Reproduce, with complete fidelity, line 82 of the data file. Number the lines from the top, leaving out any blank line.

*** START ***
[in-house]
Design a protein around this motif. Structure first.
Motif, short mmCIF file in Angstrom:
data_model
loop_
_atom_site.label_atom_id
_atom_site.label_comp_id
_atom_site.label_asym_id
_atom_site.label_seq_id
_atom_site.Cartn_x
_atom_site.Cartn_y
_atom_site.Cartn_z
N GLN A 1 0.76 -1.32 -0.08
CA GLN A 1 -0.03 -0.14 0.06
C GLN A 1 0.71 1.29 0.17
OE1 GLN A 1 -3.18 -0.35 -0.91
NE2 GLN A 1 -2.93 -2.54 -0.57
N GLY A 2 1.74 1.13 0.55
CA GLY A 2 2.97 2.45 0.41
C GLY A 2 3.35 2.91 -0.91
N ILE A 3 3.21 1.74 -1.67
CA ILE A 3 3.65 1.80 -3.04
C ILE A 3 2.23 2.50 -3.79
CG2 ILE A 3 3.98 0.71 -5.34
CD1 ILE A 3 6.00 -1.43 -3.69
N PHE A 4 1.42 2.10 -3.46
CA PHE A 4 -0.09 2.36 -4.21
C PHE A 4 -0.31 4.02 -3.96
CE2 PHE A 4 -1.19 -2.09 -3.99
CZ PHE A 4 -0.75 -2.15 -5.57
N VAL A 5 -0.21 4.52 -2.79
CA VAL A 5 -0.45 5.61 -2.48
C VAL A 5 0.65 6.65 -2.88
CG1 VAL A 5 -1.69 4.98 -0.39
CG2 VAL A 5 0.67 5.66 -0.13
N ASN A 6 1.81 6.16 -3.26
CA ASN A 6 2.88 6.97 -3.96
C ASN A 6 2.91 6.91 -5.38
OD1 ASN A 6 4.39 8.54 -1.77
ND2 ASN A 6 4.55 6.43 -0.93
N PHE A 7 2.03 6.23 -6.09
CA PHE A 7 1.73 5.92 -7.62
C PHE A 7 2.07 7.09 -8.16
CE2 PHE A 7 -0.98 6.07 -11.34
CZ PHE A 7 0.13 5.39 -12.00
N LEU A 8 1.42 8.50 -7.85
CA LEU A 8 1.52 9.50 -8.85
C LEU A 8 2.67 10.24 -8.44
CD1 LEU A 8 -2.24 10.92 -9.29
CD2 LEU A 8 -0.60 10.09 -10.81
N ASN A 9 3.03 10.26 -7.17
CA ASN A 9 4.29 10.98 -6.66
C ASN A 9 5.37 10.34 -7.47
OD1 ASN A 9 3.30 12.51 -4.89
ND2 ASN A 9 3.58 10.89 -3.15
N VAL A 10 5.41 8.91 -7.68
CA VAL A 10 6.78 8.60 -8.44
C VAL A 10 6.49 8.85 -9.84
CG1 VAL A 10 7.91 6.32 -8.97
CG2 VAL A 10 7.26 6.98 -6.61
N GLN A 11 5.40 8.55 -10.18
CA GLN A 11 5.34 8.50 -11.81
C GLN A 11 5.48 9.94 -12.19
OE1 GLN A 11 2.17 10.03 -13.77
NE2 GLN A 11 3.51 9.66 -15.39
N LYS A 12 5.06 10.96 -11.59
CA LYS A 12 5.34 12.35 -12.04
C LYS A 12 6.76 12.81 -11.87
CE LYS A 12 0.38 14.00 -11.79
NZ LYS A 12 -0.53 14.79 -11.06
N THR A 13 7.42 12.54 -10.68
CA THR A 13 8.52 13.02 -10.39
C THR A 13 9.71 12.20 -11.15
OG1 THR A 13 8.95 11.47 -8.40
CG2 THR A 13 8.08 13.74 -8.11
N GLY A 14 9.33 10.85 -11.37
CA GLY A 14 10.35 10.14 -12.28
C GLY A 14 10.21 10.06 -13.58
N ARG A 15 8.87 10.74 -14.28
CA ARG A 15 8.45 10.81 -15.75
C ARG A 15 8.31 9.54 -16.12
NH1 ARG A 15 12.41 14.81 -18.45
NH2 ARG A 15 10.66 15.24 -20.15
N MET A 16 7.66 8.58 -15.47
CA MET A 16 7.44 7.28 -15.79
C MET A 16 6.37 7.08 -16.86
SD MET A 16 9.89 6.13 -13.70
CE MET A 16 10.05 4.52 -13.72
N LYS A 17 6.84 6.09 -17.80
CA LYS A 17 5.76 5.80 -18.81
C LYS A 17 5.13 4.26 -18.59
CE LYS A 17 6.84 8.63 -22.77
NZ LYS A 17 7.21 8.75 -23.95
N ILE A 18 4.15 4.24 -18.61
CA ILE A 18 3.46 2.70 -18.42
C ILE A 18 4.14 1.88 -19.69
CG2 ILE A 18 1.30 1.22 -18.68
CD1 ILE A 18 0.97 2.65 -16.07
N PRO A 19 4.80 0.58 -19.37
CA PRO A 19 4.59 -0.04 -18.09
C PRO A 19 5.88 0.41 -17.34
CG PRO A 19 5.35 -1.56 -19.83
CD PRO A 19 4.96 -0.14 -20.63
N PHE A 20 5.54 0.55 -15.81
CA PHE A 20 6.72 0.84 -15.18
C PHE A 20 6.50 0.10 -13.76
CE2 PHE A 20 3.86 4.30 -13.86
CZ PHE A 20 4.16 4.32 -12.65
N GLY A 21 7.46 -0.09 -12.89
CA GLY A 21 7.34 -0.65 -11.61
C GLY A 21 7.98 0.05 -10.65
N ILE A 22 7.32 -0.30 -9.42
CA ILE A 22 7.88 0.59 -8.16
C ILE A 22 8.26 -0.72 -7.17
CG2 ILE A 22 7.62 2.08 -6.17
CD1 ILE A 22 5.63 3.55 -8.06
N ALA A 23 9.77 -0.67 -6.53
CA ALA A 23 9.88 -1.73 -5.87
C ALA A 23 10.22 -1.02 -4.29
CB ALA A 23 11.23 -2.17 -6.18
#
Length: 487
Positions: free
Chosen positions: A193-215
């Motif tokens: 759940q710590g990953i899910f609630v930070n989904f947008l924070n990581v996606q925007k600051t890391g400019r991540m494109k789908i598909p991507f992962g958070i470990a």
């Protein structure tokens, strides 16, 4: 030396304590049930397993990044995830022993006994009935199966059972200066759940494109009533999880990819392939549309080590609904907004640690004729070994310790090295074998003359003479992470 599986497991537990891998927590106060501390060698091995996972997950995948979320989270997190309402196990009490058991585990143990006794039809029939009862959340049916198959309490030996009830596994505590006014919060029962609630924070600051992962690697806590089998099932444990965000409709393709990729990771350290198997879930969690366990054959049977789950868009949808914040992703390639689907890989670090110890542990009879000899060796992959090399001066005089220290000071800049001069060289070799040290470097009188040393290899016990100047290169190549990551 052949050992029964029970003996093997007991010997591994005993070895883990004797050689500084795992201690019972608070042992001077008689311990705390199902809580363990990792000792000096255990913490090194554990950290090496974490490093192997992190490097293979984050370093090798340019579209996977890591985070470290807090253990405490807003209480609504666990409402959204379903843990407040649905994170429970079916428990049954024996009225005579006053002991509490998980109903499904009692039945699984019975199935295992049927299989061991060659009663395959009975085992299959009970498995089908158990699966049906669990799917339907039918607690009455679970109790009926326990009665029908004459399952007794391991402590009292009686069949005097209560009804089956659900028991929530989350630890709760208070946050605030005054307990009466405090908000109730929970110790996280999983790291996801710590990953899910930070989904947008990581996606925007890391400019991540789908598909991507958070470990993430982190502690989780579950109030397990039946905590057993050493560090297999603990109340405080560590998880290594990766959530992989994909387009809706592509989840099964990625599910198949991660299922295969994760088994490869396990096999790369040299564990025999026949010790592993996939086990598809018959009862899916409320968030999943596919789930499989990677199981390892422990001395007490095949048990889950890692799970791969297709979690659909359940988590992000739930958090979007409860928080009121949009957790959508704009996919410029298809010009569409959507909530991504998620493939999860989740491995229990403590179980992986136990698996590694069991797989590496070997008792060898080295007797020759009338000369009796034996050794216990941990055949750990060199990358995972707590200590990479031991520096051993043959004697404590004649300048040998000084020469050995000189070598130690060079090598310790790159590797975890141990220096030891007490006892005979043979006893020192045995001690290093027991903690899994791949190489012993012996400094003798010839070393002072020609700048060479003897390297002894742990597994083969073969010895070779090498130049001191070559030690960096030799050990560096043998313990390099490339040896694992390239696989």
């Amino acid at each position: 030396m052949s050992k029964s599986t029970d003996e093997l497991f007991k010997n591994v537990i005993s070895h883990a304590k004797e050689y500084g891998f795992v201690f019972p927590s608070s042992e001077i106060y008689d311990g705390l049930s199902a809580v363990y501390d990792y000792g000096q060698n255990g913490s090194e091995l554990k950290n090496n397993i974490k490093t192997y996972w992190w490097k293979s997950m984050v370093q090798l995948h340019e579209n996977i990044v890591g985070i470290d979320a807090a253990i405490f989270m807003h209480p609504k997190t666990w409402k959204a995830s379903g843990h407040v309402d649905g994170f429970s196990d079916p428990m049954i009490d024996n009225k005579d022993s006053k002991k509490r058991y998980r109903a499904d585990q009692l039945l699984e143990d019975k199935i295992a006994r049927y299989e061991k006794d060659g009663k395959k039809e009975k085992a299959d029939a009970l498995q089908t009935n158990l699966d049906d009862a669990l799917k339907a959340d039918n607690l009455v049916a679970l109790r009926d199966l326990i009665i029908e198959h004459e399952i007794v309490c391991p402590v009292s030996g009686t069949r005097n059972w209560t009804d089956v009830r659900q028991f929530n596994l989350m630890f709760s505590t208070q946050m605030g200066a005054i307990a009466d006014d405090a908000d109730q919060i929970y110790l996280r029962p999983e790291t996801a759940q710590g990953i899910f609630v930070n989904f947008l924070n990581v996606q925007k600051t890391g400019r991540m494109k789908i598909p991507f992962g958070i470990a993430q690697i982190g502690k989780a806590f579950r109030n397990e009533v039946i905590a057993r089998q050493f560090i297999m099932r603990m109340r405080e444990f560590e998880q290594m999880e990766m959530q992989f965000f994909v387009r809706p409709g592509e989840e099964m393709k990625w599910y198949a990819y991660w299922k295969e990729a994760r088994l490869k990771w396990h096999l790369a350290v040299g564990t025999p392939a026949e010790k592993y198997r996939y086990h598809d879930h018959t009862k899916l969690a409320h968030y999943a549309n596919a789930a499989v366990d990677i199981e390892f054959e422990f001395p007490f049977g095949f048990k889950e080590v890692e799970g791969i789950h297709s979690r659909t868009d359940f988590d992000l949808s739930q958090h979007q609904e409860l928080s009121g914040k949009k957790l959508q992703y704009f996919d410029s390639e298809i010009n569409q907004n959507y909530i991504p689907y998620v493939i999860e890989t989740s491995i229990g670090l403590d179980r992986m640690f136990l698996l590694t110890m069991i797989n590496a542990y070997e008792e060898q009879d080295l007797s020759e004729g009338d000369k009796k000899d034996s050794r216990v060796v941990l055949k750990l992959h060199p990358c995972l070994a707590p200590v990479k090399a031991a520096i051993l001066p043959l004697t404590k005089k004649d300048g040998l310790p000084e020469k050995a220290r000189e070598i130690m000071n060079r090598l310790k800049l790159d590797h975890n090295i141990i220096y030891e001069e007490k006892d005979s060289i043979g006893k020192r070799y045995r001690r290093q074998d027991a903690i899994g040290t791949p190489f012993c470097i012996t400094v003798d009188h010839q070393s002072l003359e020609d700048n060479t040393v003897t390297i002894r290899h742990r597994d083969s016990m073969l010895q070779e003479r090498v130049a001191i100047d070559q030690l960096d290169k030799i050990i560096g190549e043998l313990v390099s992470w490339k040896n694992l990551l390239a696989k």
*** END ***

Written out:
NH1 ARG A 15 12.41 14.81 -18.45